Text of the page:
LOCAL war veterans who embarked on "the worst journey in the world" are finally to be honoured by the Government 70 years on - but the announcement has come too late for one Stone man.
HONOURED . . . Don Gray and the late Ken Key. They endured freezing conditions and the constant threat of attack from the Luftwaffe and Nazi U-boats on the Arctic Convoys. During the four-year campaign there were 78 convoys transporting aircraft, tanks, trucks, food, fuel and other supplies to Russia. Their route took them round the North Cape to the North Russian ports of Murmansk and Archangel. Around 65,000 members of the Royal and Merchant Navies were involved in the campaign but more than 3,000 lost their lives.
This week the Government announced Artic Convoy veterans would receive the Arctic Medal "within weeks", following seven decades of campaigning.
Applications from veterans and widows will be given priority but next of kin will be able to apply too.
Eccleshall great-grandfather Don Gray, who took part in six perilous convoys between 1944 and 1945, was awarded a medal from the Russian Government in 1988 but has waited a further 25 years for an equivalent honour from his home country.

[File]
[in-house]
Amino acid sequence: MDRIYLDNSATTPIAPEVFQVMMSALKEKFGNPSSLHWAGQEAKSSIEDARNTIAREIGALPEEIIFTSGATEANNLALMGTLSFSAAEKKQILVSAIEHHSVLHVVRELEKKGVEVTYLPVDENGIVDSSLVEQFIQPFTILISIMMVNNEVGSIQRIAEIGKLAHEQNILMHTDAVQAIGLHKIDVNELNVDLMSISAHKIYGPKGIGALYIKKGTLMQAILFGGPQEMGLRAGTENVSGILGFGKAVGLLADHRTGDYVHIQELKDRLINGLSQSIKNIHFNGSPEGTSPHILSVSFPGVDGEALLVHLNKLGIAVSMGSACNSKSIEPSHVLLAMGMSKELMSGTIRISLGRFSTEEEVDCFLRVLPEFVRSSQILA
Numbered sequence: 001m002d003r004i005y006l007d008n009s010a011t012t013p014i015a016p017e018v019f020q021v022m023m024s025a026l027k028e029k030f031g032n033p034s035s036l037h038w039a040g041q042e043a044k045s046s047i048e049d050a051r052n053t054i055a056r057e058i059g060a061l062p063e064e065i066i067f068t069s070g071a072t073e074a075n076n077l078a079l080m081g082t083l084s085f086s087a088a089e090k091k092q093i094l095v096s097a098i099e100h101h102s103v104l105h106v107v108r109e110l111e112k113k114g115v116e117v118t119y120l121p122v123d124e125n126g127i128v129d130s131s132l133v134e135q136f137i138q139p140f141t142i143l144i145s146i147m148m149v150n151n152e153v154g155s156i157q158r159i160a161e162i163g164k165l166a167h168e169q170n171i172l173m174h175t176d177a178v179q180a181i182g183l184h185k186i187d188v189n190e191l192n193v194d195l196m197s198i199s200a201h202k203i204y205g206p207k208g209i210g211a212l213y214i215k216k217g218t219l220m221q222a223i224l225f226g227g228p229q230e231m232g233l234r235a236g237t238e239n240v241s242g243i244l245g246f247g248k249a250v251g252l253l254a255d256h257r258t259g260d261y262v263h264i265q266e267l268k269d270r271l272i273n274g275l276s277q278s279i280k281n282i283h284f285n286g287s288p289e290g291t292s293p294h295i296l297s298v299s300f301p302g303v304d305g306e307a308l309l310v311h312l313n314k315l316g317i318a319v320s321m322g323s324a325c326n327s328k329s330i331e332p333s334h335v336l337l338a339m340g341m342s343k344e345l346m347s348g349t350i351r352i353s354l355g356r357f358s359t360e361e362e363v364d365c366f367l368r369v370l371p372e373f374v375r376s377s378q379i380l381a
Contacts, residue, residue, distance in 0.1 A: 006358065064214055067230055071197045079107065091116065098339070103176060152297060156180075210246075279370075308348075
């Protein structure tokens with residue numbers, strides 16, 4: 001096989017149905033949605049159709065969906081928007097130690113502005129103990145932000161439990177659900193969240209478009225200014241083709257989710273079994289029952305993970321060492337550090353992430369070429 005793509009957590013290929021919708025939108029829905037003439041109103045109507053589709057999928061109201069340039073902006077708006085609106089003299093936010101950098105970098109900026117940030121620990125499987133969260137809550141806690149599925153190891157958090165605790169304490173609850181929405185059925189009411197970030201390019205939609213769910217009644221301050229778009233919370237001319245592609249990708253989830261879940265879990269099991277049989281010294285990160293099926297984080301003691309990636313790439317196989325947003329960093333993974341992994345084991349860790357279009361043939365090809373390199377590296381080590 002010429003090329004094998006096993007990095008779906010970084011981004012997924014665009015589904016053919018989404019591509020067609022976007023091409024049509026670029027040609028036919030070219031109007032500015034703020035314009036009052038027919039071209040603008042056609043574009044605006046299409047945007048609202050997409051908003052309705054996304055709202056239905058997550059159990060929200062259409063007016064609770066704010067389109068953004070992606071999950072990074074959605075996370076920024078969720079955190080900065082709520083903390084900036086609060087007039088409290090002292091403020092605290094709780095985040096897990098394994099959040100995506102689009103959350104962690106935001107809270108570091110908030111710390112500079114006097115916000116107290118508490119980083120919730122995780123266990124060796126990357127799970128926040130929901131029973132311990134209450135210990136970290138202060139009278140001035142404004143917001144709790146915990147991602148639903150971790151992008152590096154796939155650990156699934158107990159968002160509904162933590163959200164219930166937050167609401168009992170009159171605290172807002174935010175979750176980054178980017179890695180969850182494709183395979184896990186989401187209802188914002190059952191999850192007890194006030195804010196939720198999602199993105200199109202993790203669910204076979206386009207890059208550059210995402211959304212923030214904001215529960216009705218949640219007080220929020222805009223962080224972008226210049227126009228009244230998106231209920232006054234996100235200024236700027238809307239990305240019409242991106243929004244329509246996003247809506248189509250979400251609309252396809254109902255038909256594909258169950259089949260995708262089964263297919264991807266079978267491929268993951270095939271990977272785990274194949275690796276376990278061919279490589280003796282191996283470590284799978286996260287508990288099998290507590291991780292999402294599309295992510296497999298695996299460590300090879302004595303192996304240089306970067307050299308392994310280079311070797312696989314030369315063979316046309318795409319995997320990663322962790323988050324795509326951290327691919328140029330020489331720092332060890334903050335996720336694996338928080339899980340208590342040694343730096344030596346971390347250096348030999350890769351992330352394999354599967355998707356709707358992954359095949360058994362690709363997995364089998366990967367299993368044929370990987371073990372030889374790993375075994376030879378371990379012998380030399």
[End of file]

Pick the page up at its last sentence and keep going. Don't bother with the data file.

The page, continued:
The 89-year-old described this week's announcement as "a miracle".
But the news came just days after the funeral of fellow Arctic Convoy veteran Kenneth Key who died this month,aged 92.
Last month the Newsletter reported on the campaign to ensure former Stone resident Mr Key received his honour before it was too late.
Stone councillor Joyce Farnham and MP Bill Cash made an urgent appeal for Mr Key's medal to be issued as a priority.
Mr Key died peacefully at Hilcote Hall Residential Home. His funeral was held at St Michael's Church on Friday.
Councillor Farnham said: "We are delighted that at long last the campaign has come to fruition, but sadly it is too late for Mr Key. It is so tragic that has happened.
Veterans should not have to apply for the medal though. It should be presented to them by the Lord Lieutenant with dignity and pride."
Mr Gray said: "It is good news and I shall be pleased just to receive the medal.
It is something I didn't think would happen.” Wartime Prime Minister Winston Churchill described the Arctic Convoys as "the worst journey in the world".